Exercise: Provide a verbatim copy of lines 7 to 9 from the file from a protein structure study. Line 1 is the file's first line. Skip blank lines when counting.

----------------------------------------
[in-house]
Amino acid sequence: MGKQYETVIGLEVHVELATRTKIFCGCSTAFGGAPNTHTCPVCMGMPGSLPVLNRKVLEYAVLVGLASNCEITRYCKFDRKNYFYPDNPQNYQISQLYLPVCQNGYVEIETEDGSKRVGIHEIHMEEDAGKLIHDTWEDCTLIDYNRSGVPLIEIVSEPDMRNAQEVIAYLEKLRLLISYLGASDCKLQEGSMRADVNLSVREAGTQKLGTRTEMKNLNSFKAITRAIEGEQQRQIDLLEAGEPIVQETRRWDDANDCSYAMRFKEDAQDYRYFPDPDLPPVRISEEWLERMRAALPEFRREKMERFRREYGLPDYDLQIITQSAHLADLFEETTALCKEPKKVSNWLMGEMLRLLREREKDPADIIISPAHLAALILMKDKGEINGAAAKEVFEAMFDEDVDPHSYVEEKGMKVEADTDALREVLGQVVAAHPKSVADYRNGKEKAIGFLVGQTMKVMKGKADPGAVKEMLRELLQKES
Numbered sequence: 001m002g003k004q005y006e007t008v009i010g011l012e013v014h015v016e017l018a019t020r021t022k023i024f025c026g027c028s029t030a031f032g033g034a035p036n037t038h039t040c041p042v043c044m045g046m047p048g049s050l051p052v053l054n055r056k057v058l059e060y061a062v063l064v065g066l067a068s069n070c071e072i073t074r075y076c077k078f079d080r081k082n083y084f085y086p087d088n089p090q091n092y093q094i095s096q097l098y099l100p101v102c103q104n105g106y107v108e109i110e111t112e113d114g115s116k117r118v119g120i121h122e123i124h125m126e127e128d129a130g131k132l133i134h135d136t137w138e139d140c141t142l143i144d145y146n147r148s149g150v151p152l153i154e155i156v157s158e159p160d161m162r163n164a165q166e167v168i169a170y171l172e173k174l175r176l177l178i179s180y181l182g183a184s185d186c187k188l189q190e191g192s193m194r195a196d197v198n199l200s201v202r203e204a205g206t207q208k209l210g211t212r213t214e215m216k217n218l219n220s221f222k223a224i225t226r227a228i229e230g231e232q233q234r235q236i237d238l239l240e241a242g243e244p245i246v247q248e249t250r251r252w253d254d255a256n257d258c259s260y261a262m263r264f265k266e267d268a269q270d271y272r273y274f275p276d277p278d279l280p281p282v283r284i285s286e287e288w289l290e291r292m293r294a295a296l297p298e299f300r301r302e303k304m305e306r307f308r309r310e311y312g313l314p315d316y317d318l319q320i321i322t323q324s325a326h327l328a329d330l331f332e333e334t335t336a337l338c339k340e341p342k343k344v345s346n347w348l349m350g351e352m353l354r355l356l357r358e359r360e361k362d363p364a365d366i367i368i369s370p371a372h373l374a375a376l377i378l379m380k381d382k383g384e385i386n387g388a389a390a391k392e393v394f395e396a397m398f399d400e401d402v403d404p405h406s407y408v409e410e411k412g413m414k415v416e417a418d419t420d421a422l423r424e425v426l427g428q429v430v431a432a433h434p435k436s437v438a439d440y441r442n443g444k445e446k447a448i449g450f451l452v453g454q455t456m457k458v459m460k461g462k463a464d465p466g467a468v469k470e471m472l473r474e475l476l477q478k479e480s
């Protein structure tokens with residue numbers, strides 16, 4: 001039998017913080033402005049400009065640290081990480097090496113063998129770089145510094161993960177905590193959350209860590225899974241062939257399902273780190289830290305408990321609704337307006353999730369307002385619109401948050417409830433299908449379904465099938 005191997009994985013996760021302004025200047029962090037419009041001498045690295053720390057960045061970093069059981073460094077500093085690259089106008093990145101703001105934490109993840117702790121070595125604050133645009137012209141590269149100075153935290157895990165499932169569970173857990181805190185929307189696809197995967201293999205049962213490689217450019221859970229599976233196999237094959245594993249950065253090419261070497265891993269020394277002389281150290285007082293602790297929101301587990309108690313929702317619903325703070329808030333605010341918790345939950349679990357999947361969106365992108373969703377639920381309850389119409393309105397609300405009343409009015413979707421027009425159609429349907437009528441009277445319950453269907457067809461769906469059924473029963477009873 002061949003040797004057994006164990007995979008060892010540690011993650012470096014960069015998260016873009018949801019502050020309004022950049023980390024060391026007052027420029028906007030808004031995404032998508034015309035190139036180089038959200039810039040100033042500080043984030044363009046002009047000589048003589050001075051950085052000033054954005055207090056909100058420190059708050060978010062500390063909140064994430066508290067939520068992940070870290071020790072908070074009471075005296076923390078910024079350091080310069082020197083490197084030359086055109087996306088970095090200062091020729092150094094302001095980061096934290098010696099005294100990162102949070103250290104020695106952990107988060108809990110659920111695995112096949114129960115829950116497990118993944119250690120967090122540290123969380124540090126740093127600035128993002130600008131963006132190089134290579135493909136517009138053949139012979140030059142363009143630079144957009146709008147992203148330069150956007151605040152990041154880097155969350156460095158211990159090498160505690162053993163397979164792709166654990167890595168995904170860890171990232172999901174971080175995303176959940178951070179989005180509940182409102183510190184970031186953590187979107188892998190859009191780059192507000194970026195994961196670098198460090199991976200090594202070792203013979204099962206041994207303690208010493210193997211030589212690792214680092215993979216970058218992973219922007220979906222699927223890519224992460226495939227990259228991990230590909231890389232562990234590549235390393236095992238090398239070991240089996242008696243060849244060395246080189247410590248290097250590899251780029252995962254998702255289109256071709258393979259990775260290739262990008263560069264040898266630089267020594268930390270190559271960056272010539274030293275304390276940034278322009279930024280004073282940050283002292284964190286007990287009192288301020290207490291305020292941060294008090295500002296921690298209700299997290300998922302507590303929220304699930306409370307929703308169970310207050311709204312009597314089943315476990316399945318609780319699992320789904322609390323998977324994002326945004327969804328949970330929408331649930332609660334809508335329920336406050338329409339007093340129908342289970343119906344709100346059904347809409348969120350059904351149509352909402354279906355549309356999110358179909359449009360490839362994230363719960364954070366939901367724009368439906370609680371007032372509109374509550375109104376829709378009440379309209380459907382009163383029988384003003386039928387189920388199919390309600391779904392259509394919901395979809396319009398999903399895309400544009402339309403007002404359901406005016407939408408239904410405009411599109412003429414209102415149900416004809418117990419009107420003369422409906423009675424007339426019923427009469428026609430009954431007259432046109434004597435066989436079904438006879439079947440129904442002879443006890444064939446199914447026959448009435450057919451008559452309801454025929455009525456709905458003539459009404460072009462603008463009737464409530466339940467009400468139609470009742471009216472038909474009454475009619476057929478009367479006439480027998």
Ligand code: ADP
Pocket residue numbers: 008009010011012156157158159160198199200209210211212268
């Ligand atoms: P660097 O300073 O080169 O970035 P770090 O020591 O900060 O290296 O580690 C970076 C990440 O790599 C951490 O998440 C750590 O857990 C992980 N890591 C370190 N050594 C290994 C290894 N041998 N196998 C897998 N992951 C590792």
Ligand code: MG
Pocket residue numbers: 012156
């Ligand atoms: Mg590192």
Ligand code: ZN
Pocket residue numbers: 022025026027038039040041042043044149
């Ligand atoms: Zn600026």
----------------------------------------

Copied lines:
């Ligand atoms: P660097 O300073 O080169 O970035 P770090 O020591 O900060 O290296 O580690 C970076 C990440 O790599 C951490 O998440 C750590 O857990 C992980 N890591 C370190 N050594 C290994 C290894 N041998 N196998 C897998 N992951 C590792």
Ligand code: MG
Pocket residue numbers: 012156